Topped shot on 72nd hole derails pro’s major-title hopes. Here’s what happened
When Stephanie Meadow arrived at Baltusrol’s 18th hole, she had the opportunity to become a legend.
After Ruoning Yin posted eight under for the clubhouse lead at the KPMG Women’s PGA Championship, Meadow was the only golfer remaining on the course with a chance to catch her. At six under, the 31-year-old would need an eagle at the last to match Yin, but with the 18th playing as a reachable par-5, a 3 was not outside the realm of possibility.
Meadow split the fairway with her drive, leaving herself 243 yards to the flagstick. If she could get up-and-down from over two football fields away, she could force a playoff. The probability was low, but she still had a chance.
With the ball on a slight downslope, Meadow grabbed a fairway wood and took aim at the pin. She brought the club back past parallel and uncoiled with every ounce of energy she could muster.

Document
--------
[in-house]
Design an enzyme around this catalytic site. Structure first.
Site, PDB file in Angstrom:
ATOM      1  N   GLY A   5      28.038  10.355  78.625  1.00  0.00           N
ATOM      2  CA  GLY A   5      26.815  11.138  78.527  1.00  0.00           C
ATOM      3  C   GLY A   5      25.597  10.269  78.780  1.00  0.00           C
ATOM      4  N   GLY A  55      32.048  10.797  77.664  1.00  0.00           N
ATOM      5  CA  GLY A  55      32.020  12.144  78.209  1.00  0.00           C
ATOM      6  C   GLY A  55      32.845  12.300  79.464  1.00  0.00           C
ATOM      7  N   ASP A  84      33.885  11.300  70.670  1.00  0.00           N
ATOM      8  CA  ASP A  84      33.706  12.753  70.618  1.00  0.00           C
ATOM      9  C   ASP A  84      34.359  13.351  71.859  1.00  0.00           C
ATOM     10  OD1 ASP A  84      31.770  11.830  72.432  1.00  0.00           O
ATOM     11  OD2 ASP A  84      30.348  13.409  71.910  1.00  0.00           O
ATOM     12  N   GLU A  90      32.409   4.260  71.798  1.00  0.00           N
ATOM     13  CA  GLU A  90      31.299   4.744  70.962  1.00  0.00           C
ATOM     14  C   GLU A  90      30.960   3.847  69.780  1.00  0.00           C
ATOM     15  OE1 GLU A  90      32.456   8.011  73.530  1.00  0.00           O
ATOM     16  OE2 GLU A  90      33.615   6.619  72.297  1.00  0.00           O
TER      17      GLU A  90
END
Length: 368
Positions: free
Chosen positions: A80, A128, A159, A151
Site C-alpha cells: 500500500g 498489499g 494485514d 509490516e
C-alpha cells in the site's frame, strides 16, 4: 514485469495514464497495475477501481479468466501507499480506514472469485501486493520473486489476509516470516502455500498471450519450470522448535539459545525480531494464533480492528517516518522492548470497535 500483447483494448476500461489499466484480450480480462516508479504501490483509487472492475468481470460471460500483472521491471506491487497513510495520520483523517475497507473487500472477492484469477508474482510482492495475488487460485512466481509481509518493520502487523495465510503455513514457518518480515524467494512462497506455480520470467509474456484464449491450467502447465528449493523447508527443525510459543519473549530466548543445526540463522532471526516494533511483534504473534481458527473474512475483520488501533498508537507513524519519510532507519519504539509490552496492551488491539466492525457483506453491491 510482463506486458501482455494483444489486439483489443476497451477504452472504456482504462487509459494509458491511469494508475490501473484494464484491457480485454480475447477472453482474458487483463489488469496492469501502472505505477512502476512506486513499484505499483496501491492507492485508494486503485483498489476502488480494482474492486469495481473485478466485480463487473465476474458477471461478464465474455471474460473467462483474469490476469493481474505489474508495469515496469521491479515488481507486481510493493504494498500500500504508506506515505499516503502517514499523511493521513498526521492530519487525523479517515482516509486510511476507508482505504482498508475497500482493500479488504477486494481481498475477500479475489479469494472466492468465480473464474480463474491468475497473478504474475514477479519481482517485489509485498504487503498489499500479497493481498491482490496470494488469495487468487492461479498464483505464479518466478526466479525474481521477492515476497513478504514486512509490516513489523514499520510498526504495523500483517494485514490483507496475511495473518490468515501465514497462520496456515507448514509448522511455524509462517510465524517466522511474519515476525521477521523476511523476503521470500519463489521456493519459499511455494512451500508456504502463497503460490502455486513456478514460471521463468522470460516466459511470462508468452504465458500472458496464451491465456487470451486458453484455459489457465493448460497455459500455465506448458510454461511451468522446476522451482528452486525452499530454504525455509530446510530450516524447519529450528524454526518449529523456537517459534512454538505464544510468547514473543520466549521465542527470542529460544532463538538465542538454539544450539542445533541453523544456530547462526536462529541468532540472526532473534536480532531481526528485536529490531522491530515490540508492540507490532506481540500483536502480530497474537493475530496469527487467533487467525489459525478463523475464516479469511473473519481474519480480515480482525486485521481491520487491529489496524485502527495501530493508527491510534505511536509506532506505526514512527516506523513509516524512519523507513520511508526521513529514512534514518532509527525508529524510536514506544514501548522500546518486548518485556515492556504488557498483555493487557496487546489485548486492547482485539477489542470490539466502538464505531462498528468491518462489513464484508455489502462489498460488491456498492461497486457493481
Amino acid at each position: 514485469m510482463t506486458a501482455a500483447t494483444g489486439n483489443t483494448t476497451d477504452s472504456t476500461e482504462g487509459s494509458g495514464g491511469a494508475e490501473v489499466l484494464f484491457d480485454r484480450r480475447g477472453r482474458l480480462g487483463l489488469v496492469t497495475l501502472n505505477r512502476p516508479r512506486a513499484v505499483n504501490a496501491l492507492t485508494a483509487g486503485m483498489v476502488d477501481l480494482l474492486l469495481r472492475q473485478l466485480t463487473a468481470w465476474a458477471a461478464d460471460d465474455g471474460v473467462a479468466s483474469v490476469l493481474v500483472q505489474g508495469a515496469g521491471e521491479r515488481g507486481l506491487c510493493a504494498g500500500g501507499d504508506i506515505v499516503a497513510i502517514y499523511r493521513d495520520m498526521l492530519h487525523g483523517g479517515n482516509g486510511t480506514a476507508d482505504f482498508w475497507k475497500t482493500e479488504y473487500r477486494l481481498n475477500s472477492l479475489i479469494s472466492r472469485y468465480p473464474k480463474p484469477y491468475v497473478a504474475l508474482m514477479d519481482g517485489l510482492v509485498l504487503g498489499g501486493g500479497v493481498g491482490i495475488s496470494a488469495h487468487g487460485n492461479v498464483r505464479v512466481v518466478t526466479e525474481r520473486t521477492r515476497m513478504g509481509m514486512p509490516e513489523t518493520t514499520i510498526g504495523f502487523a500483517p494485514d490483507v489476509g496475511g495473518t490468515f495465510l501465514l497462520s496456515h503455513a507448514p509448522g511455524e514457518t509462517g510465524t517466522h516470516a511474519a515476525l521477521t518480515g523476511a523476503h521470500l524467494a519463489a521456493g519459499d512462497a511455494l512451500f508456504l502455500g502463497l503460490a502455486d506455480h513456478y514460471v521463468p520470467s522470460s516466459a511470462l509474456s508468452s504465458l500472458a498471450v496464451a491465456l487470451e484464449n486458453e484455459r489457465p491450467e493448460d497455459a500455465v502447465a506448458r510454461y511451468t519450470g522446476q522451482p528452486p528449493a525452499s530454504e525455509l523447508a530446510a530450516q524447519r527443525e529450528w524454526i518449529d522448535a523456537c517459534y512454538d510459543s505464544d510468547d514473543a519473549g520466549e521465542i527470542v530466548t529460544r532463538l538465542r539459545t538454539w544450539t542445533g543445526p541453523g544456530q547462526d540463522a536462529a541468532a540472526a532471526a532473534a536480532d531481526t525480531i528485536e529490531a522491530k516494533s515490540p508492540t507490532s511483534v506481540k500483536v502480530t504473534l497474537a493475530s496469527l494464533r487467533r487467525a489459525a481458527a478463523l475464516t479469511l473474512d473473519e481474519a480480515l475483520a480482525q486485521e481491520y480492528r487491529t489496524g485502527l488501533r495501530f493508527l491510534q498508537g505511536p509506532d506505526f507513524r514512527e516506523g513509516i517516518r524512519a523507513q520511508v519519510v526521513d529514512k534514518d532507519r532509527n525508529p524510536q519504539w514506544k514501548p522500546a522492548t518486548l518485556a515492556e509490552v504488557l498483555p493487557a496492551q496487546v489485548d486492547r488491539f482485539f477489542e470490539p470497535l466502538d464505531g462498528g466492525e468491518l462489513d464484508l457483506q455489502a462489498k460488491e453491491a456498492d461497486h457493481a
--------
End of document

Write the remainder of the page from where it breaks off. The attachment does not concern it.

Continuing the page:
The ball barely got off the ground. Instead of watching her ball soar toward the green, Meadow grimaced in disgust as she watched it skip toward the water.
“Obviously that was not my career best shot there on the second,” she said.
In a stroke of good luck, the ball did not settle in the water as it skipped across the surface and settled on dry land. But after coming to the finisher with an outside shot at becoming a major champ, a topped approach was not what she had in mind.
“I tried to swing a little too hard,” Meadow said. “It happens. Best players in the world can do it.”
Luckily for Meadow, she was able to save par on the hole and sign for a one-under 70 for the final round. It put the finishing touches on a career week as she matched her career-best major finish and earned the largest paycheck of her career ($423,070).
“The check is not bad,” Meadow said. “I did my best. I laid it all out there, and that’s all I can do.”